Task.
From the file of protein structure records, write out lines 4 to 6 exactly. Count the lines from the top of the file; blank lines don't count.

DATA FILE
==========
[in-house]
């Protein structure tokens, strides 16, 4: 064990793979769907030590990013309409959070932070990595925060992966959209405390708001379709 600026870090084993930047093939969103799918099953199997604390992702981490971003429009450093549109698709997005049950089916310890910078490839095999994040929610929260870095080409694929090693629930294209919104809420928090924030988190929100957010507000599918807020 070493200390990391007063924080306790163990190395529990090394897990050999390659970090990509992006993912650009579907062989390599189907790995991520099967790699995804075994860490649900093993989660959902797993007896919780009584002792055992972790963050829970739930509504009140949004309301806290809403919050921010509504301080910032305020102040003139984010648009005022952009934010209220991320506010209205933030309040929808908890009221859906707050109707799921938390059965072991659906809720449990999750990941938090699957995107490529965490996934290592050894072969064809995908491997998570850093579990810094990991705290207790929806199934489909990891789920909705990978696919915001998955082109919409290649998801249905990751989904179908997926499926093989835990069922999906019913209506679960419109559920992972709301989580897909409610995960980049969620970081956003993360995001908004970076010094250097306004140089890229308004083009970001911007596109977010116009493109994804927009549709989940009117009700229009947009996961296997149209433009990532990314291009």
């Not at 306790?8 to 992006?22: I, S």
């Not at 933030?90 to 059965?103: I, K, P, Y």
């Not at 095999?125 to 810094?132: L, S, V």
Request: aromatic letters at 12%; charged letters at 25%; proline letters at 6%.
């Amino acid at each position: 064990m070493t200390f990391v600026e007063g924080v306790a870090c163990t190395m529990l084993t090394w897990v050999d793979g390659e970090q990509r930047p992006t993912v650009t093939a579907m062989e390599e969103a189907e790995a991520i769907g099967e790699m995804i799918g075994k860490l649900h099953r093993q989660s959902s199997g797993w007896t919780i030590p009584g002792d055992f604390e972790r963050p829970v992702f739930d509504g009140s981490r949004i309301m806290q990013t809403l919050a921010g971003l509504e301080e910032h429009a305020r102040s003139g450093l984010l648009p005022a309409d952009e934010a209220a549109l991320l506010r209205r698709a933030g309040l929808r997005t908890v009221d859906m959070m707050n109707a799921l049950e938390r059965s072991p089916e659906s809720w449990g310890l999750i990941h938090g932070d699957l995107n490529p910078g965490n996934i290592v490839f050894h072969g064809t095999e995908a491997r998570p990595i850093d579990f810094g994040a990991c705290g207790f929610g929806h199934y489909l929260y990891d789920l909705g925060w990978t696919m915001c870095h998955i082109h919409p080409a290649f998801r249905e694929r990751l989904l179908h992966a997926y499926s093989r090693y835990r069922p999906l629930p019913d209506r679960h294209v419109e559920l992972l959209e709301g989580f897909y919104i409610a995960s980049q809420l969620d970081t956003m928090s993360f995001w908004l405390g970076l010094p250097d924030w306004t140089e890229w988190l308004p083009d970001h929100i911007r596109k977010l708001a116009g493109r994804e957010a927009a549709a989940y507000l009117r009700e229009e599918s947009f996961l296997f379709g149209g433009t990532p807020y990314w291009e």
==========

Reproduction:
């Not at 933030?90 to 059965?103: I, K, P, Y």
């Not at 095999?125 to 810094?132: L, S, V």
Request: aromatic letters at 12%; charged letters at 25%; proline letters at 6%.